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The Weekly News Source for Wyoming's Ranchers, Farmers and AgriBusiness Community

Life Goes On

by Wyoming Livestock Roundup

As I write this column from the Wyoming State Fair, I am amazed at the number of people attending the fair during the start and over the first weekend. In the past, the Demolition Derby and the start of the horse shows were the main events. This year, however, the Wyoming State Fair really started with a bang on Aug. 10 with the large Fort Fetterman Remount Horse Sale. Then over the weekend, aside from the horse and goat shows two new events – the Sheepwagon Contest and the Dutch Oven Cook-off – emerged. These events were complimented by the regular stock dog cattle trials, the sheep dog trials and the grand event, the Ranch Rodeo Finals. The ranch rodeo packed the stands again this year. Usually on Monday and Tuesday of the first full week, attendance has been pretty limited in past years, but not this year. There were numerous people just out to see what the Wyoming State Fair was all about, and they were not disappointed.
    As we’ve said before, this is a tough year in Wyoming. The drought, the price of corn and the ramifications of high priced corn are the subject of talk up and down the midway and from the Roundup Tent to the livestock barns. But you know, parents are still at the fair, supporting their children and Wyoming’s youth. This year, we might see just one parent accompany their 4-H or FFA member, while the other parent stayed home and watched the place. Despite whatever is happening at home, if their child was picked to go to State Fair that was where they would be. The same scenario has likely been seen through the generations with their parents, and so it will with them – whether it was a youth horse event or other 4-H or FFA show, their child was getting to the Fair. It is all part of growing up.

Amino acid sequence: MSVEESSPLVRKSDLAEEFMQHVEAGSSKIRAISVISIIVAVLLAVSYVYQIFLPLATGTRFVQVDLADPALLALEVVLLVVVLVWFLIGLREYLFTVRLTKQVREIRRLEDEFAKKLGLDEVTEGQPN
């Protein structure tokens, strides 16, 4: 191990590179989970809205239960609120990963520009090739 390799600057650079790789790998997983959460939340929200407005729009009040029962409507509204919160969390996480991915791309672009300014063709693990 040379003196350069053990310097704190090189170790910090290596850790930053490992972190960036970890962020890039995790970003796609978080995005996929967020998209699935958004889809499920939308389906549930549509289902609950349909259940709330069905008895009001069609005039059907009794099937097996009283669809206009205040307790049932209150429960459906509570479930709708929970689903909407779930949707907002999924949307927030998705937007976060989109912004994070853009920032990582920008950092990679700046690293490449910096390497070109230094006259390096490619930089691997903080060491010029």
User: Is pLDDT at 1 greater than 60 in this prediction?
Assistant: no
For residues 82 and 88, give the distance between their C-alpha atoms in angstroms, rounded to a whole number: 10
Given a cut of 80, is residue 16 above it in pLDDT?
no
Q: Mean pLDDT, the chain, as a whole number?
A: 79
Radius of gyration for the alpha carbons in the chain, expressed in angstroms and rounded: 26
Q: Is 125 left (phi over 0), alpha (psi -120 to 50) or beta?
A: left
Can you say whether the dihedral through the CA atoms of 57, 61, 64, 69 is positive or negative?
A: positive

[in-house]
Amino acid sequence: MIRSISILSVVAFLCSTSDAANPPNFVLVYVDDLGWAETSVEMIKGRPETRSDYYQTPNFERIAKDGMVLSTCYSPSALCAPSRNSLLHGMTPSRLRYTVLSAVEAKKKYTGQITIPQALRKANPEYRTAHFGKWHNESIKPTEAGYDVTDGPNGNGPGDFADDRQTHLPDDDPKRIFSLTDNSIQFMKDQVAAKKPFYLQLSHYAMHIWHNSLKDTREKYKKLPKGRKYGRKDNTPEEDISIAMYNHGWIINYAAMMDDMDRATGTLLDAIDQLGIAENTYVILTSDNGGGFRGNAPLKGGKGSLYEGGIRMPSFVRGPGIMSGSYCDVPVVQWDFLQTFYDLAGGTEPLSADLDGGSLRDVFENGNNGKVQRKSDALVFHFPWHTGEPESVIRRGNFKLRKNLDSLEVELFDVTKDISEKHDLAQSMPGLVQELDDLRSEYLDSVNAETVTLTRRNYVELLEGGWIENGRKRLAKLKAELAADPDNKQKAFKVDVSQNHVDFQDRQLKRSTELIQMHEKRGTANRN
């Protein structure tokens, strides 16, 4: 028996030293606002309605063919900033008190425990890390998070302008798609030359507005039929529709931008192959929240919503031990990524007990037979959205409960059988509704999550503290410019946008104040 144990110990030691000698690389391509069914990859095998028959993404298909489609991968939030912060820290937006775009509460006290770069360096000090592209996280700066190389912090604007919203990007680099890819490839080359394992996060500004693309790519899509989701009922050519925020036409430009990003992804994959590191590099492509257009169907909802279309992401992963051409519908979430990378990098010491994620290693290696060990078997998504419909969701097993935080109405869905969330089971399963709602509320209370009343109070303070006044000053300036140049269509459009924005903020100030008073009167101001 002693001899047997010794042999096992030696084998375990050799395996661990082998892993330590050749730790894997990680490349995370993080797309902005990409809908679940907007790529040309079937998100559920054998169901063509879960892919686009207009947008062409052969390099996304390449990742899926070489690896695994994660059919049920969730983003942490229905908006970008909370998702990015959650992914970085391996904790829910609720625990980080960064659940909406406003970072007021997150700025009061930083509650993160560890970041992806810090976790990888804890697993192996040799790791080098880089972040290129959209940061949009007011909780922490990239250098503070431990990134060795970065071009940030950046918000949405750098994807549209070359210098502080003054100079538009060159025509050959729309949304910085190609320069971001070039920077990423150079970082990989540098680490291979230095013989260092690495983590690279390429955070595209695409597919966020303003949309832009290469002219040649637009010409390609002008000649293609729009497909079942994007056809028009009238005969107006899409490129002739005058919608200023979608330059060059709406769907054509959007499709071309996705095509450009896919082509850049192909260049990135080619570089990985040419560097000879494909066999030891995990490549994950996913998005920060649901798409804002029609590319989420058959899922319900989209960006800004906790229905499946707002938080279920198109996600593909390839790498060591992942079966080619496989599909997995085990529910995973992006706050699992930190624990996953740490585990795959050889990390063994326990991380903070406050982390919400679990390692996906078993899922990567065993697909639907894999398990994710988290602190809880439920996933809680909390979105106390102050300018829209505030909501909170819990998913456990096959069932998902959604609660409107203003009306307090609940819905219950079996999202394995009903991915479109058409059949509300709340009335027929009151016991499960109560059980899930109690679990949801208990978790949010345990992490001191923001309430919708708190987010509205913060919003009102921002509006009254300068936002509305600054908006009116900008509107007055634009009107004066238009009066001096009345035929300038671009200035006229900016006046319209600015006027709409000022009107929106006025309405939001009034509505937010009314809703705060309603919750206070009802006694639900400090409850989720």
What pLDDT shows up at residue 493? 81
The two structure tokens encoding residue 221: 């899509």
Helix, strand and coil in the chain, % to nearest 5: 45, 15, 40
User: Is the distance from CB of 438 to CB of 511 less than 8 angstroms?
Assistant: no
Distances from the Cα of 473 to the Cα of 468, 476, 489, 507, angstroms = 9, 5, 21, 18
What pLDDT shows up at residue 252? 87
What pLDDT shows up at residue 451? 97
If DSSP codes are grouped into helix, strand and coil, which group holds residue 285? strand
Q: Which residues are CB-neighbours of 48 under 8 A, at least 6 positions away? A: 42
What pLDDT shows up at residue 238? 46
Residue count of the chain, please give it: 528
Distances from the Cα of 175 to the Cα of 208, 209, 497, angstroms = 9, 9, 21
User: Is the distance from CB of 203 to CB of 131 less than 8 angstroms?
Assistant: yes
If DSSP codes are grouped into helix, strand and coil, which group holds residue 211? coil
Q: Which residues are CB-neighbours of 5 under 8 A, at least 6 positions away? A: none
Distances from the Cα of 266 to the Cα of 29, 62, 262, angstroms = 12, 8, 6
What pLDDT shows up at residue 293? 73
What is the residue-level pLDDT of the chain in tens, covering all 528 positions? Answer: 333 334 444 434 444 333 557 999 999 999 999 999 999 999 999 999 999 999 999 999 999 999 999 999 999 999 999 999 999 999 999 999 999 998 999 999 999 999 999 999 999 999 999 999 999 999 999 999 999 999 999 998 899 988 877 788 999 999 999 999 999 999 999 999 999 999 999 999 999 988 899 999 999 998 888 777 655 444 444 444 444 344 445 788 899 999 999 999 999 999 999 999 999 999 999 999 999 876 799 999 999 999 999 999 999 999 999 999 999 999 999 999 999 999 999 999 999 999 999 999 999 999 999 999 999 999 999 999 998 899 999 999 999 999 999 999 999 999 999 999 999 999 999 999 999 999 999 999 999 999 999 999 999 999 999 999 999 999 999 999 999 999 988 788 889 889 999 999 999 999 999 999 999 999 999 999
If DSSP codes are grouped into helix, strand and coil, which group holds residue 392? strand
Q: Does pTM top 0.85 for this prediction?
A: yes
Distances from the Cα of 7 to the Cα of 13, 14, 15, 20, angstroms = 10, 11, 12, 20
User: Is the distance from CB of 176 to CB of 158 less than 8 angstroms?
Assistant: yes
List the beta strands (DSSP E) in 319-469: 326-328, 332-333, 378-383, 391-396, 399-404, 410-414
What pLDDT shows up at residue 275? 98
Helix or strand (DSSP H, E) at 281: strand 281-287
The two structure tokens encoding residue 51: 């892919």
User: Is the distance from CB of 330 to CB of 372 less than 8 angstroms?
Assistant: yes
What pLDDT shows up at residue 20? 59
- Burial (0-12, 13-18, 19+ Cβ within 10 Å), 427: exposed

With the end of the 100th Wyoming State Fair, it has been another week for the books, full of great livestock, engaged youth and supportive parents. But we remember that the world continues to turn outside of the fairgrounds.
    Calf and yearling sales for northern cattle have been pretty good this past week as well. While they didn’t look quite as good as earlier in the summer, sale prices remain better than last year. The good part is that interest has picked up for a number of reasons. Let’s just hope we only have to remember one year of drought.
    On the subject of marketing, what gives with the press release late last week about the Organization for Competitive Markets (OCM) announcing that it will file a lawsuit seeking an injunction against the USDA’s Agricultural Marketing Service (AMS), the Cattlemen’s Beef Board (CBB) and the Beef Promotion Operating Committee (BPOC)? As I understand it, the lawsuit involves the beef checkoff. The worst part of this ordeal is that the OCM partnered with the Humane Society of the United States. Our first response was, “What is going on here? Are they nuts?” Hopefully we will hear more about it in the weeks to come so we can get some grasp on the issue. There has to be more to the story. Stay tuned.

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